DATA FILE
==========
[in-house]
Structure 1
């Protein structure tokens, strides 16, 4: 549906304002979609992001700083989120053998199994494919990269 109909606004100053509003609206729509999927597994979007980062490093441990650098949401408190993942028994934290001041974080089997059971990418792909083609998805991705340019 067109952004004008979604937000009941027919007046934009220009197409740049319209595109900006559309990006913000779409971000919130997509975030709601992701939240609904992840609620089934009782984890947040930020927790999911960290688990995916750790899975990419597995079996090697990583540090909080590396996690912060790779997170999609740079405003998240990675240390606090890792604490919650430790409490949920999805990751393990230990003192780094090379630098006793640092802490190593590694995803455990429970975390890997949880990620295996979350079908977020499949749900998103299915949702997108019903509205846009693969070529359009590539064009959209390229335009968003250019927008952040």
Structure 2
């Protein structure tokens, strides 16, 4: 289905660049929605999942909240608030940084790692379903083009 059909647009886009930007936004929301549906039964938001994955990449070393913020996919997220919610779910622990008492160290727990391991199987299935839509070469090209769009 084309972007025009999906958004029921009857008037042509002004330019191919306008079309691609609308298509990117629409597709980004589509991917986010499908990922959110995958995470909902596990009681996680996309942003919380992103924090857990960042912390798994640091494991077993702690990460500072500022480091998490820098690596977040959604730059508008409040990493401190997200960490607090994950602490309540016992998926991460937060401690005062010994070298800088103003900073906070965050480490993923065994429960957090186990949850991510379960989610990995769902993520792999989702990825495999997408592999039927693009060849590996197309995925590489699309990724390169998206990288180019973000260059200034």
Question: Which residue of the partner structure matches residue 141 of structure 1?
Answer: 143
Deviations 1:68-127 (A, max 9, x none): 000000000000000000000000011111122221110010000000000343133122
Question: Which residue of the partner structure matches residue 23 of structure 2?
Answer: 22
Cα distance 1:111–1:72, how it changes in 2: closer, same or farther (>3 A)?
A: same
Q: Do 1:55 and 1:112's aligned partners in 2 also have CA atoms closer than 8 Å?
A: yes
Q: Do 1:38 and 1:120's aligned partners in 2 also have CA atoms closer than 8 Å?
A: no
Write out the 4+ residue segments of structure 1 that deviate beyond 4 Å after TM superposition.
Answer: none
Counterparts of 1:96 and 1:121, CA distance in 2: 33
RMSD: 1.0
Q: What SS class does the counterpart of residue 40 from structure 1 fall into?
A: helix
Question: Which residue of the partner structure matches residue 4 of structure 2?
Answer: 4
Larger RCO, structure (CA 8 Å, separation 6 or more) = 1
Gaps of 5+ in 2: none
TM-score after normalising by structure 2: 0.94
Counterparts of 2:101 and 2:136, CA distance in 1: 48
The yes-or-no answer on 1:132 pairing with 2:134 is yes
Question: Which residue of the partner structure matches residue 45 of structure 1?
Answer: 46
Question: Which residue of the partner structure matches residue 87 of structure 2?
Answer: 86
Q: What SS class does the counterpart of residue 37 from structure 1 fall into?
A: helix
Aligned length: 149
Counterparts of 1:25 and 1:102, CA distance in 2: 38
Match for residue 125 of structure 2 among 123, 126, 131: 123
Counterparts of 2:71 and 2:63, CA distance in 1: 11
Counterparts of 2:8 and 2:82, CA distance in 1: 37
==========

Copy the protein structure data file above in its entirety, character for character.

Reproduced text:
[in-house]
Structure 1
């Protein structure tokens, strides 16, 4: 549906304002979609992001700083989120053998199994494919990269 109909606004100053509003609206729509999927597994979007980062490093441990650098949401408190993942028994934290001041974080089997059971990418792909083609998805991705340019 067109952004004008979604937000009941027919007046934009220009197409740049319209595109900006559309990006913000779409971000919130997509975030709601992701939240609904992840609620089934009782984890947040930020927790999911960290688990995916750790899975990419597995079996090697990583540090909080590396996690912060790779997170999609740079405003998240990675240390606090890792604490919650430790409490949920999805990751393990230990003192780094090379630098006793640092802490190593590694995803455990429970975390890997949880990620295996979350079908977020499949749900998103299915949702997108019903509205846009693969070529359009590539064009959209390229335009968003250019927008952040």
Structure 2
């Protein structure tokens, strides 16, 4: 289905660049929605999942909240608030940084790692379903083009 059909647009886009930007936004929301549906039964938001994955990449070393913020996919997220919610779910622990008492160290727990391991199987299935839509070469090209769009 084309972007025009999906958004029921009857008037042509002004330019191919306008079309691609609308298509990117629409597709980004589509991917986010499908990922959110995958995470909902596990009681996680996309942003919380992103924090857990960042912390798994640091494991077993702690990460500072500022480091998490820098690596977040959604730059508008409040990493401190997200960490607090994950602490309540016992998926991460937060401690005062010994070298800088103003900073906070965050480490993923065994429960957090186990949850991510379960989610990995769902993520792999989702990825495999997408592999039927693009060849590996197309995925590489699309990724390169998206990288180019973000260059200034």
Question: Which residue of the partner structure matches residue 141 of structure 1?
Answer: 143
Deviations 1:68-127 (A, max 9, x none): 000000000000000000000000011111122221110010000000000343133122
Question: Which residue of the partner structure matches residue 23 of structure 2?
Answer: 22
Cα distance 1:111–1:72, how it changes in 2: closer, same or farther (>3 A)?
A: same
Q: Do 1:55 and 1:112's aligned partners in 2 also have CA atoms closer than 8 Å?
A: yes
Q: Do 1:38 and 1:120's aligned partners in 2 also have CA atoms closer than 8 Å?
A: no
Write out the 4+ residue segments of structure 1 that deviate beyond 4 Å after TM superposition.
Answer: none
Counterparts of 1:96 and 1:121, CA distance in 2: 33
RMSD: 1.0
Q: What SS class does the counterpart of residue 40 from structure 1 fall into?
A: helix
Question: Which residue of the partner structure matches residue 4 of structure 2?
Answer: 4
Larger RCO, structure (CA 8 Å, separation 6 or more) = 1
Gaps of 5+ in 2: none
TM-score after normalising by structure 2: 0.94
Counterparts of 2:101 and 2:136, CA distance in 1: 48
The yes-or-no answer on 1:132 pairing with 2:134 is yes
Question: Which residue of the partner structure matches residue 45 of structure 1?
Answer: 46
Question: Which residue of the partner structure matches residue 87 of structure 2?
Answer: 86
Q: What SS class does the counterpart of residue 37 from structure 1 fall into?
A: helix
Aligned length: 149
Counterparts of 1:25 and 1:102, CA distance in 2: 38
Match for residue 125 of structure 2 among 123, 126, 131: 123
Counterparts of 2:71 and 2:63, CA distance in 1: 11
Counterparts of 2:8 and 2:82, CA distance in 1: 37